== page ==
The Webb Sisters released In Your Father’s Eyes on their 2011 album, Savages. It is such a lovely song, beautifully textured and with gorgeous harmonies – the sort that siblings often excel at. It is actually a break up song, about how the singer sees her about to be ex-lover in his father’s eyes, and it seems that his father wasn’t a good man. I’d like to think that people didn’t mean that about my Dad and me when they said it to us, but it does get to the heart of a family relationship and that’s why it is an important song for me.

Dad on the right, next to Mum. Mid 60s, I think.

This next song is another that you may well know – Harry Chapin’s Cat’s In The Cradle:

This song is all about how busy fathers can be, to the detriment of their relationships with their children. I can remember having a conversation on these lines with Dad. When I was young he was a local councillor and did a fair bit of charity work, which meant that he was often out in the evenings and sometimes at weekends. He tried to involve us when he could, but that wasn’t always easy and he later said to me that he regretted what he might have missed of the years we were growing up. I can empathise with this, as my job involved long hours and a long commute, and I often went several days at a time leaving for work before my girls were awake, and getting home after at least one of them was in bed. Thankfully both Dad and I managed to work things out better than the character Harry Chapin describes: I never felt deprived of his love or support, and I hope my daughters would say that about me, too.

I said at the beginning that I would be including a couple of Dad’s favourite pieces of music, and this seems as good a place as any for that. One of his most played albums was a rather odd one, of Russian folk songs performed (I think) by the Red Army Choir to an accompaniment of balalaikas. I did enjoy it, to be fair, and maybe he was sowing the seeds which came to fruition in my love of the Russian folk band Otava Yo, who have featured here several times. This, which he also loved, is mainstream classical though:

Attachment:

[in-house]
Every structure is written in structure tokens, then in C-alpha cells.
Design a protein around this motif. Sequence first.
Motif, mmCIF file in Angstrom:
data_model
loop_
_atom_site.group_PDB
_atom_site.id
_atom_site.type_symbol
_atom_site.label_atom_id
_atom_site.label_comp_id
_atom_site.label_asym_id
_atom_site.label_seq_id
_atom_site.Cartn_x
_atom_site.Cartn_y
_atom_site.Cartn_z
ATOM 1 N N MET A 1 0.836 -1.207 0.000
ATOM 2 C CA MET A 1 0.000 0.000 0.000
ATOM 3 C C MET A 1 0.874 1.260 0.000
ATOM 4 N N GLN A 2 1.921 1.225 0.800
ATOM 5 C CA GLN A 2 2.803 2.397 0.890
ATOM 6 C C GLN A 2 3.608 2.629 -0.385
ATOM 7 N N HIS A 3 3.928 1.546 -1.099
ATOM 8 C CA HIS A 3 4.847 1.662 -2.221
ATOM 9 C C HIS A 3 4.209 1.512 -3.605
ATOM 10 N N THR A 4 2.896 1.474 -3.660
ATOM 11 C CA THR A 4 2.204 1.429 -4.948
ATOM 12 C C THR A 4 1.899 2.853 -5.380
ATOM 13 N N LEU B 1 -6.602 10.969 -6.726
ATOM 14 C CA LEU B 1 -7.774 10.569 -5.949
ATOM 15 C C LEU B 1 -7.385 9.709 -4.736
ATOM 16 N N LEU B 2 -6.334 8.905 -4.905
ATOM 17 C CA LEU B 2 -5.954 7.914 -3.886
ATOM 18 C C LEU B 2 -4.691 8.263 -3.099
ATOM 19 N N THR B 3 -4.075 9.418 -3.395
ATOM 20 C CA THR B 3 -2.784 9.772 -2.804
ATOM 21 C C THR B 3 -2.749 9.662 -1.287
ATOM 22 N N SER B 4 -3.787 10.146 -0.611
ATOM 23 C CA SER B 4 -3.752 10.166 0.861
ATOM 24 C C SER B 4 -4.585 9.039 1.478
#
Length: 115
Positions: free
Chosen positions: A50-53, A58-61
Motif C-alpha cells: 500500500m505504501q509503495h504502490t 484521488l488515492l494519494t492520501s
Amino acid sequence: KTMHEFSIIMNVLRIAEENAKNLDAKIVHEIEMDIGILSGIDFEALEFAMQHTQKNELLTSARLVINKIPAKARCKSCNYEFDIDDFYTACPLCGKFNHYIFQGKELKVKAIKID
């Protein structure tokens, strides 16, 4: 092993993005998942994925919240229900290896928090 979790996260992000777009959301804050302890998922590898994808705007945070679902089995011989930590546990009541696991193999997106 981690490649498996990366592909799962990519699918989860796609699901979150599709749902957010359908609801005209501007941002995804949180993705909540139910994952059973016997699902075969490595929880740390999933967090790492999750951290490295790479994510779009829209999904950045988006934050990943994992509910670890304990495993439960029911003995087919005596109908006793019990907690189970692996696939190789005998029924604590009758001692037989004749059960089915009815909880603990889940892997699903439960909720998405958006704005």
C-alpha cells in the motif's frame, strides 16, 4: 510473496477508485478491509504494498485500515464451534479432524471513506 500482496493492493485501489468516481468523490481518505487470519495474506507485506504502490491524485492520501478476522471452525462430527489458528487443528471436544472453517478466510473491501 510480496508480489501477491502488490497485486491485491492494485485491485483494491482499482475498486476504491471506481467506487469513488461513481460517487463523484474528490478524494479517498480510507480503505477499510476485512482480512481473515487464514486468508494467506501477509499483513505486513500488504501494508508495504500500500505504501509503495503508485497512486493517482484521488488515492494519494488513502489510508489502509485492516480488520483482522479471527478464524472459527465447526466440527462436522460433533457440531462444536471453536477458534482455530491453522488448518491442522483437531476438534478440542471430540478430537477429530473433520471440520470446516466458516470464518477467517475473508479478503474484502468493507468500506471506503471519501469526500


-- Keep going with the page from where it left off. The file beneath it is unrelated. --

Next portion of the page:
As the video shows, that is the 2nd movement of Beethoven’s Pathétique Sonata. The whole piece runs to about twenty minutes, but Dad was especially fond of this part: woe betide anyone who spoke while he was listening to it!

The second of the songs I know Dad liked came about much more recently. When I was staying with them one time a few years ago Dad suggested one evening after dinner that he could play a DVD he thought I might like. It turned out that the DVD in question was the first season of the wonderful Transatlantic Sessions (which I also have), and when this one came on it prompted some education by his son on the delights of English folk music, of Sandy Denny, who wrote this song, and of the fantastic Fairport Convention album Liege And Lief, on which it first appeared:

You may know from previous posts that I love Sandy Denny’s voice, and I never thought anyone could get close to her when covering one of her songs, but Mary Black did a remarkably good job with this. It is rather fitting in context, too.

2013 or thereabouts.

One of the things I used to enjoy with Dad, and which I have done with both of my daughters, is that funny kind of dancing where you have the little one standing on your feet while you take them round the floor. This next song isn’t one that I would normally play – not my usual style – but it reminds me of those moments with Dad, which usually ended up with us in a heap on the floor amidst much laughter:

Right now, Luther Vandross’ Dance With My Father speaks volumes to me, and judging from its 124m views I think others share in that feeling.

I’m closing this piece with another song which says a lot to me. I didn’t have the fall outs and disagreements with Dad that are described in this song, but I do wish I’d been able to tell him better how much I loved him and was grateful for all he had done for me, both as a child and through my adult years, when his support was also very welcome:

Thank you for everything, Dad. I love you. Rest in Peace 💔